Increased rental puts hangar use in doubt

There might be a couple of years left for Rev Colin Hay, but the dream might also be over.

For the past 12 years, the 77-year-old retired Presbyterian minister and aviation enthusiast has - under the auspices of Heritage and Sport Aviation North Otago - tried to drum up some interest in the hangar he built at Oamaru Airport.

However, this year, the ground rate he pays to the Waitaki District Council has increased from $575 to $1725 a year.

"I sent them a letter and told them I paid it `reluctantly'," Mr Hay said.

"It is a big hike, but the thing that niggled me was the registered valuer [used by the council]. As though they thought the hangar was theirs and they were leasing it out to me - that's the impression I got."

In the 38th quarterly newsletter of Heritage and Sport Aviation North Otago he called the council's move "something of a shock".

"It's only the dirt under the building I was renting, so why did the value of the hangar need to come into the equation?"

The future of the Rev Colin Hay's hangar at Oamaru Airport is uncertain after the ground rate he...
The future of the Rev Colin Hay's hangar at Oamaru Airport is uncertain after the ground rate he pays more than doubled this year. PHOTO: HAMISH MACLEAN

Mr Hay came into some money when his brother died and decided if he bought an aircraft he needed to have somewhere to put it.

But he had also hoped to cater to youth involved with the Air Training Corps and "also older bods that wanted somewhere to come and potter around and do something".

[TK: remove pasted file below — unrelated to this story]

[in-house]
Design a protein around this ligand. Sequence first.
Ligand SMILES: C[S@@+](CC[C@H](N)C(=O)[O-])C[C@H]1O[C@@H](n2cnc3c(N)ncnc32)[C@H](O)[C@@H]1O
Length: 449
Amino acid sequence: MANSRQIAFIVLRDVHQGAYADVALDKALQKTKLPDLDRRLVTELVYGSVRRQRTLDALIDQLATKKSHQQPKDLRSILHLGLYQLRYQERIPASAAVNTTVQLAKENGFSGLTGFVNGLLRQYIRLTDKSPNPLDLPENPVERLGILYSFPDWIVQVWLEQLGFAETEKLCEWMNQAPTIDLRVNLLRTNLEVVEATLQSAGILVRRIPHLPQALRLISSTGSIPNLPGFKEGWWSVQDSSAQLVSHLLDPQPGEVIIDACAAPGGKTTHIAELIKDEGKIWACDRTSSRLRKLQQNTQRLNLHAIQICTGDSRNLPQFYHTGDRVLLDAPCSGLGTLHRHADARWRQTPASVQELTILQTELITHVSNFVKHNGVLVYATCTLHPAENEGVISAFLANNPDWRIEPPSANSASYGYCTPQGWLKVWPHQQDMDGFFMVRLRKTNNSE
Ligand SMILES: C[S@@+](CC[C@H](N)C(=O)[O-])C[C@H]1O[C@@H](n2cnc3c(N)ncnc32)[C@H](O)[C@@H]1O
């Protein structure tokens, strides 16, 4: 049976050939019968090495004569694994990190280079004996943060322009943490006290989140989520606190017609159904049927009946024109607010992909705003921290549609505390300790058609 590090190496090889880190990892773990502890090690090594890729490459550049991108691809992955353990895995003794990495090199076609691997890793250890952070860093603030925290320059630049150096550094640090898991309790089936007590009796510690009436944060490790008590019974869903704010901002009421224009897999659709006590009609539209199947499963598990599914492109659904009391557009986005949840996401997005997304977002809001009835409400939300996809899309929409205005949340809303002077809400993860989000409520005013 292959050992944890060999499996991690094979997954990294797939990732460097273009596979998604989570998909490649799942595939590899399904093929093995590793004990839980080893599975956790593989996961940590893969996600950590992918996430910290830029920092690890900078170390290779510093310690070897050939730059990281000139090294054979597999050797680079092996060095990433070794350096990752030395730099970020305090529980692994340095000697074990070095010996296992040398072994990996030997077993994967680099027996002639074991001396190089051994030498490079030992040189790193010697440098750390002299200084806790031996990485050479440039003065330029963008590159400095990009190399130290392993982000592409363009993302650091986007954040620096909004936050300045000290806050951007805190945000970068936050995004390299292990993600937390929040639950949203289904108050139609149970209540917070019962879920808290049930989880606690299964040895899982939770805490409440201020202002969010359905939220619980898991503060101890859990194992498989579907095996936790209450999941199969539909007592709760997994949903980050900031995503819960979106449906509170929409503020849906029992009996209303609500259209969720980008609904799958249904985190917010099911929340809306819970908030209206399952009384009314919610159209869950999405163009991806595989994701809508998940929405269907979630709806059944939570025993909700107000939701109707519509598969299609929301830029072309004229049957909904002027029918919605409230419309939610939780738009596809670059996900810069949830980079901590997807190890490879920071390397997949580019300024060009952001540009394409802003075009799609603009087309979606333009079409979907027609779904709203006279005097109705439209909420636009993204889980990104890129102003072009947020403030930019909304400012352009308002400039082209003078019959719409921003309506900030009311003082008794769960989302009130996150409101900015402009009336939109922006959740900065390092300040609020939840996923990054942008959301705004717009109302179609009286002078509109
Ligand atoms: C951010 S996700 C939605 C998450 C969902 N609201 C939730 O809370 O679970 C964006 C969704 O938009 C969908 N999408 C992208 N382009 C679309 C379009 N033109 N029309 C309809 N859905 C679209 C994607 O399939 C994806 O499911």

The 12m by 18m hangar is filled with a newly purchased aircraft plane, a couple under construction, models, and a wealth of memorabilia.

"I've got plans for building all sorts of home-built aircraft," he said. "There's no great sweat in building any of these things - it's a lot of fun."

Yet nothing regular had eventuated at the hangar and after he paid his first year of the new rates, he also "started to wheedle out my collection of aviation books many from the days when I reviewed aviation books for the Otago Daily Times, and the first consignment is earmarked for Rangitata Island, for the guys of the Geraldine Flying Group to pick their way through.

"I guess it is time to end the dream and gracefully grow old with some wonderful memories," he said.

"The thing I really would like is some interest in the place - so it's doing something for somebody."

The Waitaki District Council was approached for comment yesterday, but did not reply before press time.


Pretty standard practice for councils all around the country I would think, thinking they own something (and sucking money out of it) when they don't.